GlaxoSmithKline ($GSK) has long weighed a sale of some of its established drugs, planning to hive off $3 billion worth of older products to slim down its sagging portfolio and make room for fast-growing drugs. Now the company is changing its tune, announcing today that it will hold on to its aging products.
"The company has evaluated all bids received and has concluded, consistent with its key criteria of maximizing shareholder value, not to pursue divestment of these products," GSK said in an SEC filing.
In October, GSK said that it would sell older meds by geographic region, reflecting buyers' interests. Companies such as Denmark's Lundbeck and India's Lupin were listed as possible suitors, and brands up for sale included antidepressant Paxil, stomach-acid reducer Zantac and nausea fighter Zofran--drugs expected to have combined 2014 sales of around £1 billion ($1.6 billion) but face competition from cheap generics. GSK would hold on to the rights for the drugs in emerging markets, and it was unlikely that any bidders would walk away with the entire portfolio, Reuters reported.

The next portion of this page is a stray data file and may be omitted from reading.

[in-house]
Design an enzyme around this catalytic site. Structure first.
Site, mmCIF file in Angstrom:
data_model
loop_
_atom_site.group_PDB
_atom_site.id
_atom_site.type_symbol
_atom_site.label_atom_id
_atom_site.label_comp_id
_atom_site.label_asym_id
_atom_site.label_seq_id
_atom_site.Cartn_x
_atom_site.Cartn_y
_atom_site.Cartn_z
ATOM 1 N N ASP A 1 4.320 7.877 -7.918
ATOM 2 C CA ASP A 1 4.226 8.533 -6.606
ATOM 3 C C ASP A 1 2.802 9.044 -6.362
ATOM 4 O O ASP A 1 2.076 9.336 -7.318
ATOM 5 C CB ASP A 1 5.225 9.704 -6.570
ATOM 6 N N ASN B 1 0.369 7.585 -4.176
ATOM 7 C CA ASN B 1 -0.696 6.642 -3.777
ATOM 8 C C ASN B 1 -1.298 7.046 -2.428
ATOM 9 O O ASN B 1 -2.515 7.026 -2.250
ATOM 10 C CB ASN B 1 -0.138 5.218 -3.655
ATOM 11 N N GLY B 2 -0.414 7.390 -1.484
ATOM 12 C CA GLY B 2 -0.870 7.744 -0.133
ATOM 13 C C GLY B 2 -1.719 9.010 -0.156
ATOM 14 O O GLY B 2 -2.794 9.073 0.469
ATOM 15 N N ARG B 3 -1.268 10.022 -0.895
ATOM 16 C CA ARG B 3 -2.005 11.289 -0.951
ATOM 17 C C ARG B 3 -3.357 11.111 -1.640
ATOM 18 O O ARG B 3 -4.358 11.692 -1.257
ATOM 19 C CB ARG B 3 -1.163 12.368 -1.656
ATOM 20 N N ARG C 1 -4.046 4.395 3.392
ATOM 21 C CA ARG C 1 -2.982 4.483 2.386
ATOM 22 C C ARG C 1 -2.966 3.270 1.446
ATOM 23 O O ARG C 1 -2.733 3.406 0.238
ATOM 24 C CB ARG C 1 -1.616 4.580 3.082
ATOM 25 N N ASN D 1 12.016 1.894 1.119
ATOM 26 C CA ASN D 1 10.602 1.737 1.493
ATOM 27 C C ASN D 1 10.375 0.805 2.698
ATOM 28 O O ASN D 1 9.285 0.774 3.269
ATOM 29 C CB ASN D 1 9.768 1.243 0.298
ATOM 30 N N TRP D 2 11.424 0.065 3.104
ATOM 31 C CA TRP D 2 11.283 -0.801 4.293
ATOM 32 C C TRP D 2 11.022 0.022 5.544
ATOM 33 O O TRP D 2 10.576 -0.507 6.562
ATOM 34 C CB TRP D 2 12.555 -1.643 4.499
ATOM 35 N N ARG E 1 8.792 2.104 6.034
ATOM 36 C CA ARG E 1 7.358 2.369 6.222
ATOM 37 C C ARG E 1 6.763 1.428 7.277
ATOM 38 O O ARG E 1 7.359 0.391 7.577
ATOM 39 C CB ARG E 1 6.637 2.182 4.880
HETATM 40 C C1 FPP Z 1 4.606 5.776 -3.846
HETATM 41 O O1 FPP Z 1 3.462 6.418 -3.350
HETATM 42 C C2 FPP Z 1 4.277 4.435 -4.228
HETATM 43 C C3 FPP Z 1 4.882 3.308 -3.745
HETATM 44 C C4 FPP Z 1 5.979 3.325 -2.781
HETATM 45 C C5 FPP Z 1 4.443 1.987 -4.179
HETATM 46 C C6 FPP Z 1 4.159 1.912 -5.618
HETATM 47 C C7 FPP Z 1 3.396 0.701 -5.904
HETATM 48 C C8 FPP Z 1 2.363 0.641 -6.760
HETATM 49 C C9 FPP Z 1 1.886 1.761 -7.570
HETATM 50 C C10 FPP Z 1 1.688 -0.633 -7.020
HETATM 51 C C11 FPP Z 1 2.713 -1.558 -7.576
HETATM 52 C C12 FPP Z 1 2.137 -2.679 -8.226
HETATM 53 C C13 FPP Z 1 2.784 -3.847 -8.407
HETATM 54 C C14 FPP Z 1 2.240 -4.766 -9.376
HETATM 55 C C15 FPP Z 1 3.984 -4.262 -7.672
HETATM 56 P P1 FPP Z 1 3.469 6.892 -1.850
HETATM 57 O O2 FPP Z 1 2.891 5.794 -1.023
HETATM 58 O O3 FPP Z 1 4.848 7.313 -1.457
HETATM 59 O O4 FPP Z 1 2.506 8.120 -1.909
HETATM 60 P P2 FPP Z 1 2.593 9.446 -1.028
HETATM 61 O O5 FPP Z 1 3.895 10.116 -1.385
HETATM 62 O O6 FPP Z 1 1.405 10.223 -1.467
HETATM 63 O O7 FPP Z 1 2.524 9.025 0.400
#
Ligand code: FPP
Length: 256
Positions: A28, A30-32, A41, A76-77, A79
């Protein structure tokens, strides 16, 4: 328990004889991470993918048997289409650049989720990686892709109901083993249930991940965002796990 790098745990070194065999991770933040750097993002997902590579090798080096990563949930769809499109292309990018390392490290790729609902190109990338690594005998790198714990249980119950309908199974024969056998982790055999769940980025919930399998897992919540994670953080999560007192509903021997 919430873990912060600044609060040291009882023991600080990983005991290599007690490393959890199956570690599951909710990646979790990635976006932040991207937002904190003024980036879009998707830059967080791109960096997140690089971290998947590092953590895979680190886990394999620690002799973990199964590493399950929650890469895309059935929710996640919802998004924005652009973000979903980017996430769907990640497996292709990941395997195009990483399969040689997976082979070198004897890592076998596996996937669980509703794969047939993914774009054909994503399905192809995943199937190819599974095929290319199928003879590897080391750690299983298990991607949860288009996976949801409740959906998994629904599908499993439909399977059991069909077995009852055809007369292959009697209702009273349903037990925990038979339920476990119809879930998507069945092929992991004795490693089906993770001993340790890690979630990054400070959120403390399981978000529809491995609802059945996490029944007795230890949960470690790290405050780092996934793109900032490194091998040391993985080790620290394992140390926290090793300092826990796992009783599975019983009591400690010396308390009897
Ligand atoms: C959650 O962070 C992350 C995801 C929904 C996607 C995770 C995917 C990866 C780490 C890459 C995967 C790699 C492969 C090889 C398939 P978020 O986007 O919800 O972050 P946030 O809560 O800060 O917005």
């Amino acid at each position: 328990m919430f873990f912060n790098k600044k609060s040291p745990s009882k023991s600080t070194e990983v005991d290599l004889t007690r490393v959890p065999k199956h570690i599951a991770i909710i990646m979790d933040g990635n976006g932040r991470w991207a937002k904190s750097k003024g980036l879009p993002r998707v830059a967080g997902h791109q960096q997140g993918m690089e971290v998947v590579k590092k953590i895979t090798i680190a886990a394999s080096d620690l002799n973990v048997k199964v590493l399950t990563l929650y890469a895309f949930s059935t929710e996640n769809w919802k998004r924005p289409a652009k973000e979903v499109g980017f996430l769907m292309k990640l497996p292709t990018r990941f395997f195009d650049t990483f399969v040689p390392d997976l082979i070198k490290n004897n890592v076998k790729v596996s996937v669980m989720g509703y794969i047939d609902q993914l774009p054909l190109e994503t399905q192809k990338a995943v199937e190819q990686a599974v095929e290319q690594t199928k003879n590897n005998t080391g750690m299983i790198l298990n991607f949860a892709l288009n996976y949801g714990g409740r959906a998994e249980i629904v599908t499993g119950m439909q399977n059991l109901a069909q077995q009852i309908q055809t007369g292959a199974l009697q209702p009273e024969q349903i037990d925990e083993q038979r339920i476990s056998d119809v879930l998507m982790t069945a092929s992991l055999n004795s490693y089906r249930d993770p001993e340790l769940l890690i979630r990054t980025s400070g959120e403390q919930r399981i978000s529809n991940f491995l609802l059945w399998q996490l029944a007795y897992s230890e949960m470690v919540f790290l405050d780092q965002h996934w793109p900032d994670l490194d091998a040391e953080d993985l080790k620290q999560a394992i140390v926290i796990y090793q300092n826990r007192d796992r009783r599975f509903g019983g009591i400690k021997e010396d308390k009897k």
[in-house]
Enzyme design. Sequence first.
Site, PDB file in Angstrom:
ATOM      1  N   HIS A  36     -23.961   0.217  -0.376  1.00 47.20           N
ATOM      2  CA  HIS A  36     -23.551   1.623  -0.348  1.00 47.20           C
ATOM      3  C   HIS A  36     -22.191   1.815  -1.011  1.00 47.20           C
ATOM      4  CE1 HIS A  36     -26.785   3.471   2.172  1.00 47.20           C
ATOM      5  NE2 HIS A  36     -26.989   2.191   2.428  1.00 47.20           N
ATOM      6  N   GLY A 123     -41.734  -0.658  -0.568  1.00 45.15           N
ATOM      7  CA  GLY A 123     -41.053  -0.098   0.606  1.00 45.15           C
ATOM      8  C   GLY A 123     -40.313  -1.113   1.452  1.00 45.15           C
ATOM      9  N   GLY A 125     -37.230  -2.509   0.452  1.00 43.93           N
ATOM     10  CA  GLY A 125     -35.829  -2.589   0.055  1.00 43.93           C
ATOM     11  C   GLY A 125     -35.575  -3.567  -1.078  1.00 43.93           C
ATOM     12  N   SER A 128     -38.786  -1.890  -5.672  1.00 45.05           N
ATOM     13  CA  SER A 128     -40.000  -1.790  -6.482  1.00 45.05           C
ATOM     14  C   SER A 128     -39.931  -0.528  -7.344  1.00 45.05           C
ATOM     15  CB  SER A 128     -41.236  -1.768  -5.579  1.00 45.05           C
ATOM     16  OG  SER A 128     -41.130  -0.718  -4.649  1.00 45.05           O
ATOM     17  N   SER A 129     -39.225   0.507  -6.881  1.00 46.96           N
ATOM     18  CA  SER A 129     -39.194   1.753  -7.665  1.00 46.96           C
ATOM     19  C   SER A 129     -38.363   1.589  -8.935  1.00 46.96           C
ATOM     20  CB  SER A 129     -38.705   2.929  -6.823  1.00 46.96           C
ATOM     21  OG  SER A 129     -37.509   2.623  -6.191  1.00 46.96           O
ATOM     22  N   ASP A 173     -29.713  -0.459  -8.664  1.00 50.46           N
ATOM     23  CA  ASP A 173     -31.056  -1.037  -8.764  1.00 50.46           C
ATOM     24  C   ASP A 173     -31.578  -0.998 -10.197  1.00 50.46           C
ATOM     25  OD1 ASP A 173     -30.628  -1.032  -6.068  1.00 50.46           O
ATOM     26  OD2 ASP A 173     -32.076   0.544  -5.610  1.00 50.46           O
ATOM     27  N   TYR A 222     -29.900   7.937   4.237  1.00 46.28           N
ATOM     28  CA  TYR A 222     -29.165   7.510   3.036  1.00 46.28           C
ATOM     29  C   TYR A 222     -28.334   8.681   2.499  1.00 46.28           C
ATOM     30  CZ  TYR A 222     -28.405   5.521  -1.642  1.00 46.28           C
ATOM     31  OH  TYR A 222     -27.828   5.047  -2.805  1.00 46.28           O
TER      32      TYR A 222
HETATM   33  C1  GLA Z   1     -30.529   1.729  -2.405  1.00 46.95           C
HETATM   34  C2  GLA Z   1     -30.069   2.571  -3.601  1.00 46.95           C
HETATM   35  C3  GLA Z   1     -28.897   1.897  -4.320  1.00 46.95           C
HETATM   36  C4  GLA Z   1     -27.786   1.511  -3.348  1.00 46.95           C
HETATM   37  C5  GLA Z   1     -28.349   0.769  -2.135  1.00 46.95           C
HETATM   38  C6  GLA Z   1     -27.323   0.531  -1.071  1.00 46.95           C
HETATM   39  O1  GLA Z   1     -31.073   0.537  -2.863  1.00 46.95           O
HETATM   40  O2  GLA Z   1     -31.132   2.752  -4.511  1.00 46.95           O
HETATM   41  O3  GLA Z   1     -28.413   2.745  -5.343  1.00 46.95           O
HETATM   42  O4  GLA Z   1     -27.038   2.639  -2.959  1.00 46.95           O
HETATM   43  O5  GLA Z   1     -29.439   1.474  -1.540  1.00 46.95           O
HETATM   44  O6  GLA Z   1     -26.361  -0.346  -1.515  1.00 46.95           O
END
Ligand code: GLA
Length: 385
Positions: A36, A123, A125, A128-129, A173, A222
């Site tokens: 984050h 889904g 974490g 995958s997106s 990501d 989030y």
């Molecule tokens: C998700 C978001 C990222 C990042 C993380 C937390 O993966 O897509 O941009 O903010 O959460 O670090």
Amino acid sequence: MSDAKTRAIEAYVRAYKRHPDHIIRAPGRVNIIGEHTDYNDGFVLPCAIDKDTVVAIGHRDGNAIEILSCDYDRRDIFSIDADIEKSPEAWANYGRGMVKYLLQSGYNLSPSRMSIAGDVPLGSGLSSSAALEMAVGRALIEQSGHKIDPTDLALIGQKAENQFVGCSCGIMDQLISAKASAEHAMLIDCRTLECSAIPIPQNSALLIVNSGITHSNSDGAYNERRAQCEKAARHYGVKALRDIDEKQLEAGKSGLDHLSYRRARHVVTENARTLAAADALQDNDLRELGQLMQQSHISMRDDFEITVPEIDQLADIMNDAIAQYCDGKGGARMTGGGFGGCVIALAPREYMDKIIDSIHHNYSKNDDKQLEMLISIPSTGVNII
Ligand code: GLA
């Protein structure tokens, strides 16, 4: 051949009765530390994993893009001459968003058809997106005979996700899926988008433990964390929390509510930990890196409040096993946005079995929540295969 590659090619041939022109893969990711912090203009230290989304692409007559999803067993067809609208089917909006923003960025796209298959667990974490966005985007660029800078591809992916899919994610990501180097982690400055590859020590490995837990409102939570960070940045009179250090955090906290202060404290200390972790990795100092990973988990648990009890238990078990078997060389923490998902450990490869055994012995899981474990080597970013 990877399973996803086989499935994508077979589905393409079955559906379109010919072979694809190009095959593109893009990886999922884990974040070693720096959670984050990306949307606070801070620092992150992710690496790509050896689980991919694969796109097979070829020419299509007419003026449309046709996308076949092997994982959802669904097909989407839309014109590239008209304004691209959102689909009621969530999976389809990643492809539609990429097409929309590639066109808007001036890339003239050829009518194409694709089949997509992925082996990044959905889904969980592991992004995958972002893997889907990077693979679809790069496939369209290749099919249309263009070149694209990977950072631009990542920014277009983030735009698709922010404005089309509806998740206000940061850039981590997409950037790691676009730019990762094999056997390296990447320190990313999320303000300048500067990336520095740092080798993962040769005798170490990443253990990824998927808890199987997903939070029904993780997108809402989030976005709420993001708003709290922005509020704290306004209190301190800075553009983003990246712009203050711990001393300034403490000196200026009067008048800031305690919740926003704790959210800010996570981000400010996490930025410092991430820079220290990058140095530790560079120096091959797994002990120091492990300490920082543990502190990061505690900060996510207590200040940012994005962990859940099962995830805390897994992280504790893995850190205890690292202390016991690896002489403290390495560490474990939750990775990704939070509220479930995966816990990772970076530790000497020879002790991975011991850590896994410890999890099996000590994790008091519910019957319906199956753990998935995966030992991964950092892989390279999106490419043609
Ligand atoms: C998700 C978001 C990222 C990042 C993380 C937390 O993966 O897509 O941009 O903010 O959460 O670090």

In November, GSK caught wind of a more enticing offer when private equity firm Apollo Global Management said it would bid on the company's entire portfolio of drugs, people familiar with the matter told Reuters.
GSK's decision not to sell its aging meds comes on the heels of corporate restructuring, as the company attempts to swing its numbers northward and bounce back from disappointing sales for asthma behemoth Advair. The company yesterday announced that it would cut at least 900 sales and research jobs in the U.S. as part of a $1.6 billion restructuring effort, with 350 jobs to be slashed in the first quarter of 2015, another 450 in Q2 and the rest later in the year.
The move also comes in the wake of GSK's pending deal with Novartis ($NVS). In April, the company engineered a $20 million asset swap with the Swiss drugmaker, passing its oncology business to Novartis, picking up the latter's vaccines unit and setting up a consumer health joint venture dubbed GSK Consumer Healthcare to market over-the-counter products with an estimated $11 billion in sales. Novartis earlier this week agreed to sell its Habitrol nicotine patch business to Dr. Reddy's Laboratories to clear the deal of an antitrust hurdle with the U.S. Federal Trade Commission.
GSK is far from the only drugmaker that has explored a sale of aging meds. Abbott Laboratories ($ABT) recently unloaded a number of its older drugs to Mylan ($MYL) in a $5.3 billion deal. In September, AstraZeneca ($AZN) sold off 18 of its aging meds to specialty generics maker IGI Laboratories, and Merck ($MRK) and Sanofi ($SNY) are also looking to put some brands on the chopping block. But Sanofi's plans have stalled for now due to internal squabbles regarding the sale.
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